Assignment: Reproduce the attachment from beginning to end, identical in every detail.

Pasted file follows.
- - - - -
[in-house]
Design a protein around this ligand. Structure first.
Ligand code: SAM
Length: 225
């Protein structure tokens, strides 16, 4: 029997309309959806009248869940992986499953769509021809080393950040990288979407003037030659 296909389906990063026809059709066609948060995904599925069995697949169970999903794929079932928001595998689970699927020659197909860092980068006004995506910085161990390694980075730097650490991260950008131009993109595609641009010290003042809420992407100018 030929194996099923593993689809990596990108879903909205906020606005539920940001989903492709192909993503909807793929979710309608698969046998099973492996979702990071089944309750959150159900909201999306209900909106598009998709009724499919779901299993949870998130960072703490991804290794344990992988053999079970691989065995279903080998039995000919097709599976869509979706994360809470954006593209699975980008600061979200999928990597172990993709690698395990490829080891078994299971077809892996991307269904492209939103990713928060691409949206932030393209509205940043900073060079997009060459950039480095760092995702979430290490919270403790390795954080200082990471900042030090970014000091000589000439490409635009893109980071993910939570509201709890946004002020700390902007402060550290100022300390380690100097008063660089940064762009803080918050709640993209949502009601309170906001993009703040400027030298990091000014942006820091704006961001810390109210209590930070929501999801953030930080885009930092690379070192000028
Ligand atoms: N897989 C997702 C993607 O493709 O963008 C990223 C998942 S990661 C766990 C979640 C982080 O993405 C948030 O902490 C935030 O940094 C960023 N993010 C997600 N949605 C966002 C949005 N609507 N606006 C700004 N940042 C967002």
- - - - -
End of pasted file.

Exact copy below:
[in-house]
Design a protein around this ligand. Structure first.
Ligand code: SAM
Length: 225
């Protein structure tokens, strides 16, 4: 029997309309959806009248869940992986499953769509021809080393950040990288979407003037030659 296909389906990063026809059709066609948060995904599925069995697949169970999903794929079932928001595998689970699927020659197909860092980068006004995506910085161990390694980075730097650490991260950008131009993109595609641009010290003042809420992407100018 030929194996099923593993689809990596990108879903909205906020606005539920940001989903492709192909993503909807793929979710309608698969046998099973492996979702990071089944309750959150159900909201999306209900909106598009998709009724499919779901299993949870998130960072703490991804290794344990992988053999079970691989065995279903080998039995000919097709599976869509979706994360809470954006593209699975980008600061979200999928990597172990993709690698395990490829080891078994299971077809892996991307269904492209939103990713928060691409949206932030393209509205940043900073060079997009060459950039480095760092995702979430290490919270403790390795954080200082990471900042030090970014000091000589000439490409635009893109980071993910939570509201709890946004002020700390902007402060550290100022300390380690100097008063660089940064762009803080918050709640993209949502009601309170906001993009703040400027030298990091000014942006820091704006961001810390109210209590930070929501999801953030930080885009930092690379070192000028
Ligand atoms: N897989 C997702 C993607 O493709 O963008 C990223 C998942 S990661 C766990 C979640 C982080 O993405 C948030 O902490 C935030 O940094 C960023 N993010 C997600 N949605 C966002 C949005 N609507 N606006 C700004 N940042 C967002």